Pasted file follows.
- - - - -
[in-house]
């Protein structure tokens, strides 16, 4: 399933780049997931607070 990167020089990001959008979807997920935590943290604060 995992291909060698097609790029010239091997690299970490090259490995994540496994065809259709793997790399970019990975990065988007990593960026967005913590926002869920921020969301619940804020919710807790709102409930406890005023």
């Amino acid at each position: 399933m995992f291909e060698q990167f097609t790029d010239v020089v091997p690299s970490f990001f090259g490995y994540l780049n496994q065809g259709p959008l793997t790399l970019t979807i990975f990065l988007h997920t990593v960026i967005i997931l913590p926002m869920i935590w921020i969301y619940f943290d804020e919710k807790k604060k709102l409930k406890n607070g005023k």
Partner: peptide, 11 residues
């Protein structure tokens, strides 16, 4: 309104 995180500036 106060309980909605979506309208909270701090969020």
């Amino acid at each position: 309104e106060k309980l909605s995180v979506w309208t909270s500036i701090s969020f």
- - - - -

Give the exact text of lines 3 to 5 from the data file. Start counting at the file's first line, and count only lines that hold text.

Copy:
């Amino acid at each position: 399933m995992f291909e060698q990167f097609t790029d010239v020089v091997p690299s970490f990001f090259g490995y994540l780049n496994q065809g259709p959008l793997t790399l970019t979807i990975f990065l988007h997920t990593v960026i967005i997931l913590p926002m869920i935590w921020i969301y619940f943290d804020e919710k807790k604060k709102l409930k406890n607070g005023k």
Partner: peptide, 11 residues
């Protein structure tokens, strides 16, 4: 309104 995180500036 106060309980909605979506309208909270701090969020």